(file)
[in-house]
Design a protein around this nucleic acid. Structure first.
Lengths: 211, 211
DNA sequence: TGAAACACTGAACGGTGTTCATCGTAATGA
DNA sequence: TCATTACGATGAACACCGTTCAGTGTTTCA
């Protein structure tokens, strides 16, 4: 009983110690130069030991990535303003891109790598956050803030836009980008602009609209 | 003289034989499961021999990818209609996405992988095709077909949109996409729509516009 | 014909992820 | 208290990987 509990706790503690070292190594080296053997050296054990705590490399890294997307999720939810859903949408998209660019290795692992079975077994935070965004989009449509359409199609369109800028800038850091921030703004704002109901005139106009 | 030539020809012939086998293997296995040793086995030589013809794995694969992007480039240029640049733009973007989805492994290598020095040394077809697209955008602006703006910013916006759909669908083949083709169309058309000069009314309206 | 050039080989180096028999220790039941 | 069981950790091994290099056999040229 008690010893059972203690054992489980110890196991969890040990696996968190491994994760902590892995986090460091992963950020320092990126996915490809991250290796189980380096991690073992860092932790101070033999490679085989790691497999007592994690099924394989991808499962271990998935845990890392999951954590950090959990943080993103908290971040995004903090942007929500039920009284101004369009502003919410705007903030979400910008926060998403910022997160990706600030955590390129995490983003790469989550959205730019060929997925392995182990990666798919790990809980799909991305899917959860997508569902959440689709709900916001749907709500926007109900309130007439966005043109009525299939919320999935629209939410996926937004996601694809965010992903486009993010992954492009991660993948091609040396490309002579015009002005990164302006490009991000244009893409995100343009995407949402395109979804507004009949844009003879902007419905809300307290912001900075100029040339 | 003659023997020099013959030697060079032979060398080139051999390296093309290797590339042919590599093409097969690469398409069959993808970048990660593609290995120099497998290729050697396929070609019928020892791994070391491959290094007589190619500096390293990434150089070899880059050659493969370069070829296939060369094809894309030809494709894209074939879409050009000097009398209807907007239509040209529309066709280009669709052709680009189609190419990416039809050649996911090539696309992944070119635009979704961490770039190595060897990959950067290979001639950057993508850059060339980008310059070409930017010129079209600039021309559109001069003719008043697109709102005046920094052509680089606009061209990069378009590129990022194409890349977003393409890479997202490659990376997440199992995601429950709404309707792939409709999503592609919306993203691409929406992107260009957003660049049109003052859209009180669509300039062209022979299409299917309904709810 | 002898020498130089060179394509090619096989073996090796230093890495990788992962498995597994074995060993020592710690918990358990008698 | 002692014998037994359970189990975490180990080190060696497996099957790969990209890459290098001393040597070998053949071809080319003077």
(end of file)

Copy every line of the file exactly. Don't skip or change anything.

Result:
[in-house]
Design a protein around this nucleic acid. Structure first.
Lengths: 211, 211
DNA sequence: TGAAACACTGAACGGTGTTCATCGTAATGA
DNA sequence: TCATTACGATGAACACCGTTCAGTGTTTCA
């Protein structure tokens, strides 16, 4: 009983110690130069030991990535303003891109790598956050803030836009980008602009609209 | 003289034989499961021999990818209609996405992988095709077909949109996409729509516009 | 014909992820 | 208290990987 509990706790503690070292190594080296053997050296054990705590490399890294997307999720939810859903949408998209660019290795692992079975077994935070965004989009449509359409199609369109800028800038850091921030703004704002109901005139106009 | 030539020809012939086998293997296995040793086995030589013809794995694969992007480039240029640049733009973007989805492994290598020095040394077809697209955008602006703006910013916006759909669908083949083709169309058309000069009314309206 | 050039080989180096028999220790039941 | 069981950790091994290099056999040229 008690010893059972203690054992489980110890196991969890040990696996968190491994994760902590892995986090460091992963950020320092990126996915490809991250290796189980380096991690073992860092932790101070033999490679085989790691497999007592994690099924394989991808499962271990998935845990890392999951954590950090959990943080993103908290971040995004903090942007929500039920009284101004369009502003919410705007903030979400910008926060998403910022997160990706600030955590390129995490983003790469989550959205730019060929997925392995182990990666798919790990809980799909991305899917959860997508569902959440689709709900916001749907709500926007109900309130007439966005043109009525299939919320999935629209939410996926937004996601694809965010992903486009993010992954492009991660993948091609040396490309002579015009002005990164302006490009991000244009893409995100343009995407949402395109979804507004009949844009003879902007419905809300307290912001900075100029040339 | 003659023997020099013959030697060079032979060398080139051999390296093309290797590339042919590599093409097969690469398409069959993808970048990660593609290995120099497998290729050697396929070609019928020892791994070391491959290094007589190619500096390293990434150089070899880059050659493969370069070829296939060369094809894309030809494709894209074939879409050009000097009398209807907007239509040209529309066709280009669709052709680009189609190419990416039809050649996911090539696309992944070119635009979704961490770039190595060897990959950067290979001639950057993508850059060339980008310059070409930017010129079209600039021309559109001069003719008043697109709102005046920094052509680089606009061209990069378009590129990022194409890349977003393409890479997202490659990376997440199992995601429950709404309707792939409709999503592609919306993203691409929406992107260009957003660049049109003052859209009180669509300039062209022979299409299917309904709810 | 002898020498130089060179394509090619096989073996090796230093890495990788992962498995597994074995060993020592710690918990358990008698 | 002692014998037994359970189990975490180990080190060696497996099957790969990209890459290098001393040597070998053949071809080319003077």